The CRISPR Revolution and Genetic Counseling
Scholarship by Professor Bret Asbury
Scientific breakthroughs that are poised to let doctors treat or prevent thousands of diseases caused by genetic abnormalities pose new questions, both for professionals who provide prenatal genetic counseling and for policymakers.
The discovery that genes can be edited through Clustered Regularly Interspaced Short Palindromic Repeats, or CRISPR, has generated tremendous excitement in the scientific community. CRISPR can alter, delete or rearrange the DNA of living organisms, allowing scientists to thwart a long and growing list of disorders that include sickle-cell disease, HIV, hemophilia B and Huntington’s disease.
These exciting developments coincide with a growing awareness that genetic counselors tasked with advising expectant mothers who carry genetically abnormal fetuses about the medical and developmental challenges that await their child and family often, if unintentionally, provide incomplete, selective or biased information.
Bret Asbury, professor of law and associate dean for faculty research at Drexel’s Kline School of Law in Philadelphia, explores these phenomena and considers implications for the future in an article published in the Stanford Technology Law Review.
In “Counseling After CRISPR,” Asbury cites a body of literature surrounding the current state of genetic counseling. Research has determined that genetic counselors often fail to provide “nondirective” information to pregnant women, struggling to deliver comprehensive information uninformed by social values under short time constraints to clients who are often hungry for clear advice and who vary in their capacity to process complex information.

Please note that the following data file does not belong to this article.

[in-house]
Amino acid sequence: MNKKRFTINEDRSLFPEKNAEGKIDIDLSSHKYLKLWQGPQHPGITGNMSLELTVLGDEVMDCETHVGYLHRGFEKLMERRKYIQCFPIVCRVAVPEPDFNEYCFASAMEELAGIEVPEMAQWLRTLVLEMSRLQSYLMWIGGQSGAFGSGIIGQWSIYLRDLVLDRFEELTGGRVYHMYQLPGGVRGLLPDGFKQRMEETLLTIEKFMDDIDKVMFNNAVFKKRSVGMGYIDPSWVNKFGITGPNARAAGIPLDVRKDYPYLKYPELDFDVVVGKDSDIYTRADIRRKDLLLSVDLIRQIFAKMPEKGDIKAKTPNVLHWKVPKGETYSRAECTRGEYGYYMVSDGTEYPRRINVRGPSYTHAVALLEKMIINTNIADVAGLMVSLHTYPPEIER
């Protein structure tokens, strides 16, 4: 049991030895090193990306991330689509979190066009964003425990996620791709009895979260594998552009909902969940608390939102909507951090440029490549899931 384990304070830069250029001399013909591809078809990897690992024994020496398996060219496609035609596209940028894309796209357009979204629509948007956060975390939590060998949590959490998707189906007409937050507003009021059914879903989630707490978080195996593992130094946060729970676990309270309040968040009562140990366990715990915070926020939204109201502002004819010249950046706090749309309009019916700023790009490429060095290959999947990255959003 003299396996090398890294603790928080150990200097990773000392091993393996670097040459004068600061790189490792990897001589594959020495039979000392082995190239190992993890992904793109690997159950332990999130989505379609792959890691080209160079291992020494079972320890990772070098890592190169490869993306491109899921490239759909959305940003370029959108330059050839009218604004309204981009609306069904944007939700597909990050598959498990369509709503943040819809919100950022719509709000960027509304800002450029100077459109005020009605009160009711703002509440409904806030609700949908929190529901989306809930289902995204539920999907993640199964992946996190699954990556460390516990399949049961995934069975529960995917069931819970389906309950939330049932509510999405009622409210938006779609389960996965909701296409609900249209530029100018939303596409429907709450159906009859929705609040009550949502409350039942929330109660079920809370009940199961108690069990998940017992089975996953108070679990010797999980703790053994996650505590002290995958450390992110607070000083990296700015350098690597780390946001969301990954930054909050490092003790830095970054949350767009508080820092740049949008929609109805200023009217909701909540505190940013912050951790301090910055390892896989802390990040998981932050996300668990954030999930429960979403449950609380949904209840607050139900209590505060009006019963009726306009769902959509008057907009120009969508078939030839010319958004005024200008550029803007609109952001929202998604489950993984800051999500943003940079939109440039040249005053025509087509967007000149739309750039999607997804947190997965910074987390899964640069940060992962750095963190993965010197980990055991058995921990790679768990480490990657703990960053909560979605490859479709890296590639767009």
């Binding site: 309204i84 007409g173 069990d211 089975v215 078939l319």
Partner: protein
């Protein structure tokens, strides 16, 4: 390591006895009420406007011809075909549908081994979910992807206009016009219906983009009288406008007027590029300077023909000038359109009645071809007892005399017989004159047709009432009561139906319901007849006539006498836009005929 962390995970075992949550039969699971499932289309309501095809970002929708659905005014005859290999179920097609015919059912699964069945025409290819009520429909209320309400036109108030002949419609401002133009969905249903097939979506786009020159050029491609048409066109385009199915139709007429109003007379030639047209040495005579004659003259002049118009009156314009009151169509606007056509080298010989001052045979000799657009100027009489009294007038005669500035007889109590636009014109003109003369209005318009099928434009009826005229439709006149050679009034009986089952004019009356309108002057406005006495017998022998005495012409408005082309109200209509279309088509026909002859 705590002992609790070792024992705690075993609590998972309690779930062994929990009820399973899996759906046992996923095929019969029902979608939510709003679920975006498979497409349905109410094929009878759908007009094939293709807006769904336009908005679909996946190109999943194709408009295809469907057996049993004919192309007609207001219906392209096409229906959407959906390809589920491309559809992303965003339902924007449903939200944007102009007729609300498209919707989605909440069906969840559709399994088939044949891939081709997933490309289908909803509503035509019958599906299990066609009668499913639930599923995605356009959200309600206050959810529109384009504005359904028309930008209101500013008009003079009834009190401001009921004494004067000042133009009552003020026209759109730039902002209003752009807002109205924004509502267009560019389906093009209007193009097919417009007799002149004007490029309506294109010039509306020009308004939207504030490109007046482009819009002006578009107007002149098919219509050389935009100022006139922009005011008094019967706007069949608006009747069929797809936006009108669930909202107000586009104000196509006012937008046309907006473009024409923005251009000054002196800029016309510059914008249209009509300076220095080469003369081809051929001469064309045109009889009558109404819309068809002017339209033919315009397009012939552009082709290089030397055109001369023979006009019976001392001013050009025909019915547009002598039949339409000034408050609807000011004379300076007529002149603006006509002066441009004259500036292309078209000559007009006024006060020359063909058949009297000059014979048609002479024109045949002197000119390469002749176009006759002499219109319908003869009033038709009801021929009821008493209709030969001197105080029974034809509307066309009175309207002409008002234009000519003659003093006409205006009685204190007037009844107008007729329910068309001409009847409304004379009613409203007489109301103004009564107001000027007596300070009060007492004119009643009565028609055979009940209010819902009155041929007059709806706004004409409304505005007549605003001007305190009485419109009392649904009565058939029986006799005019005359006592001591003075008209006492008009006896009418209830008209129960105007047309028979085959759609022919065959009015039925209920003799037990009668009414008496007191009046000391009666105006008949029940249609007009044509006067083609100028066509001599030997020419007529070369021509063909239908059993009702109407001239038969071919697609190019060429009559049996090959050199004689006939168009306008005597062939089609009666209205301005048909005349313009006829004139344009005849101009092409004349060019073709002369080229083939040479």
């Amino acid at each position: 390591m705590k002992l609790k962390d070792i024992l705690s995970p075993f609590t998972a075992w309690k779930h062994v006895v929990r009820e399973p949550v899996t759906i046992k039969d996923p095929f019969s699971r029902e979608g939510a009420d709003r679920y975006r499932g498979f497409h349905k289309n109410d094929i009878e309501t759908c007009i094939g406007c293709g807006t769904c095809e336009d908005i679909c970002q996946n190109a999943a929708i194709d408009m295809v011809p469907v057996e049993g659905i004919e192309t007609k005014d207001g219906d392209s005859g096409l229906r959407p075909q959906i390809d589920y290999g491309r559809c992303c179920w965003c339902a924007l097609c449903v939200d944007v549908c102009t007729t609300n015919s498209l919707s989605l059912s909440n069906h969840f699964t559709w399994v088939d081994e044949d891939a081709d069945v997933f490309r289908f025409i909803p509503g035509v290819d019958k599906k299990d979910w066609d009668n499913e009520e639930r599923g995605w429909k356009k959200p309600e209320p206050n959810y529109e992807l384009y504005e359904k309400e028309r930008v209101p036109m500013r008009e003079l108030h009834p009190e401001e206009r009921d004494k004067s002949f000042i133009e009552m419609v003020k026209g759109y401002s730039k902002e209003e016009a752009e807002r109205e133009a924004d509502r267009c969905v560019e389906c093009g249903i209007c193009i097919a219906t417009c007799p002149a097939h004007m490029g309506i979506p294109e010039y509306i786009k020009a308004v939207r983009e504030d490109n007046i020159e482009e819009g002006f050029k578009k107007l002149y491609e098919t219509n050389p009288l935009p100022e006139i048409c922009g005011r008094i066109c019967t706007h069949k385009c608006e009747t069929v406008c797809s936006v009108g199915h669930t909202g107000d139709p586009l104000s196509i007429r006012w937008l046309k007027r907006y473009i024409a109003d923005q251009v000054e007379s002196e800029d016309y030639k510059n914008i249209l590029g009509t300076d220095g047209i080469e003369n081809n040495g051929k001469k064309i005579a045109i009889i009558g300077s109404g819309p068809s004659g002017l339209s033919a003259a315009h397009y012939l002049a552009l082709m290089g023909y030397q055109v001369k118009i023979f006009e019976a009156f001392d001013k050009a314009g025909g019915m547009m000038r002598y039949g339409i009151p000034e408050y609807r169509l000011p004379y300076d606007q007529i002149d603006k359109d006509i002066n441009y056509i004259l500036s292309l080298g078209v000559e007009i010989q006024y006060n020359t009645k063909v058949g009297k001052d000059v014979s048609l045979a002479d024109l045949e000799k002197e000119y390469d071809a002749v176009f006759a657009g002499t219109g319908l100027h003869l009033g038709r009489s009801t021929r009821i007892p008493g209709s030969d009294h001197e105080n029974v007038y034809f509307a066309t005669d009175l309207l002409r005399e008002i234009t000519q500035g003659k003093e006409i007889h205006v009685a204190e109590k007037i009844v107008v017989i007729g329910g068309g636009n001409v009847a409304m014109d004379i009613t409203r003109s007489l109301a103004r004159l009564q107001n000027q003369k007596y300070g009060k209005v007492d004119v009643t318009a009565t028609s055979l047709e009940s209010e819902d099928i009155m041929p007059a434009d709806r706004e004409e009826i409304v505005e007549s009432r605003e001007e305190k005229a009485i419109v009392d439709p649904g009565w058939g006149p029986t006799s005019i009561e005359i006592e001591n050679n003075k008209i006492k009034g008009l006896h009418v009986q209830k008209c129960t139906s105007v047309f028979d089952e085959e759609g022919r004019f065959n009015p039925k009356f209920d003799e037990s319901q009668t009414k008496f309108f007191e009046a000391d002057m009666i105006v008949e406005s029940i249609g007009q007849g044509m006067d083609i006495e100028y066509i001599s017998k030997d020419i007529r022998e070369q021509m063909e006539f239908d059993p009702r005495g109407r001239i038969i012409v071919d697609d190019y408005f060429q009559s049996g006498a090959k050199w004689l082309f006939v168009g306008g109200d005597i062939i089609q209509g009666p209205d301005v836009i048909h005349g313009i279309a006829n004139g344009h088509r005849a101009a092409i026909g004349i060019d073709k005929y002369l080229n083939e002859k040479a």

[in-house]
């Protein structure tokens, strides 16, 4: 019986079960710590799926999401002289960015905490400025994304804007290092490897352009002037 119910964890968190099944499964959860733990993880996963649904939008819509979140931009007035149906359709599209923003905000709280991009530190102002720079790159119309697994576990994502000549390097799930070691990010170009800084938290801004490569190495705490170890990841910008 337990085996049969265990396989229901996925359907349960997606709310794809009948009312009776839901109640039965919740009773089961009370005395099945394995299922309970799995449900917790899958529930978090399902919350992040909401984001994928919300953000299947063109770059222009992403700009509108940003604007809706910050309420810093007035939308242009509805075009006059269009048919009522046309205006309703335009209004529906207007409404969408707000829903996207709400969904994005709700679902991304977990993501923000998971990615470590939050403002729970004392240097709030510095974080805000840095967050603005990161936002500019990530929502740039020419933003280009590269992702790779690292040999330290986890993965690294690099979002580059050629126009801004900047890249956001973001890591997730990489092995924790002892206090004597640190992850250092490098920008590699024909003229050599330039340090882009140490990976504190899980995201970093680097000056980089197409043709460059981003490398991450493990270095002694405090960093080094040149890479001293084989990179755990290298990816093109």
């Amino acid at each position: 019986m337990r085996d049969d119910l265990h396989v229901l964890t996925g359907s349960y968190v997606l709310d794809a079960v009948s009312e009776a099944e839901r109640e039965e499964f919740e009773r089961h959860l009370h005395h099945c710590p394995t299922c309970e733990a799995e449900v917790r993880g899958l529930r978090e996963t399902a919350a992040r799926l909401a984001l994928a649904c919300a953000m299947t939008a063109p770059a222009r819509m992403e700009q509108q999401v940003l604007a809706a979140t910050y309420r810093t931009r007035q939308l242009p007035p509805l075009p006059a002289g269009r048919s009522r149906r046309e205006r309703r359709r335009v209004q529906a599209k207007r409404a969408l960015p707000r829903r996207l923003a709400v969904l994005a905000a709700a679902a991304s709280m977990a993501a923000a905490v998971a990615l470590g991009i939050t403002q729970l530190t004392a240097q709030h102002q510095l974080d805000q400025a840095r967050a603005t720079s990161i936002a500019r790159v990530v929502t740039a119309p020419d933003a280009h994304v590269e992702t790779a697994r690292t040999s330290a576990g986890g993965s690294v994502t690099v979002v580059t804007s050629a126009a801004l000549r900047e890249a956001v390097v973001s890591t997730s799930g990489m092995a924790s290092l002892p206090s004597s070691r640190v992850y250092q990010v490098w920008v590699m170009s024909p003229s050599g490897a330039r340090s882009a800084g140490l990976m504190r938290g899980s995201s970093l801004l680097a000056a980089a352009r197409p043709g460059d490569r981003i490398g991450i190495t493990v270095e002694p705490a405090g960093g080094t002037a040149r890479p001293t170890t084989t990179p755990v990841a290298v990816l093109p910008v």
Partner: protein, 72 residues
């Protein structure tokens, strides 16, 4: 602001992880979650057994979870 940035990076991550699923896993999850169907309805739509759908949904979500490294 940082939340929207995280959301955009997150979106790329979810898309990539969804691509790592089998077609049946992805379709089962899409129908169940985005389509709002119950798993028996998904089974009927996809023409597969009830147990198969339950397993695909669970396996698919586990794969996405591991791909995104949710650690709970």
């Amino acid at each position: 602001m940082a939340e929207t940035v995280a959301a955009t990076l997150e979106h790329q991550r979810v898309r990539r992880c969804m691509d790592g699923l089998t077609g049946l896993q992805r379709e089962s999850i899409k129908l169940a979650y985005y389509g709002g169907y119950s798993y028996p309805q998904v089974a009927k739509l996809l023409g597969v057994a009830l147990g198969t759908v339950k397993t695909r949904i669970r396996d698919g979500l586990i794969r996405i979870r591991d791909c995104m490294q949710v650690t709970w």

Because the information genetic counselors provide is already subject to misunderstanding, Asbury notes, the coming tsunami of fast-changing information about genetic interventions that could cure or mitigate diseases will complicate efforts to provide unbiased information and facilitate truly informed reproductive choices.
Furthermore, Asbury notes that CRISPR may upend the binary decision-making that has guided genetic counseling to date: should a mother terminate a pregnancy or not? To the extent CRISPR can produce safe and low-cost advances that serve the best interests of fetus and mother alike, Asbury observes, it would shine a different light on the requirement to provide nondirective information.
The article also explores questions CRISPR raises for legislators, who have enacted laws over the past decade aimed at defining the type of information genetic counselors provide and the manner in which they share it. Though state and federal initiatives have been inconsistent and frequently unenforced, Asbury notes that the promise CRISPR holds also raises important questions as to future subsidies to access genetic interventions to treat prenatally diagnosed conditions.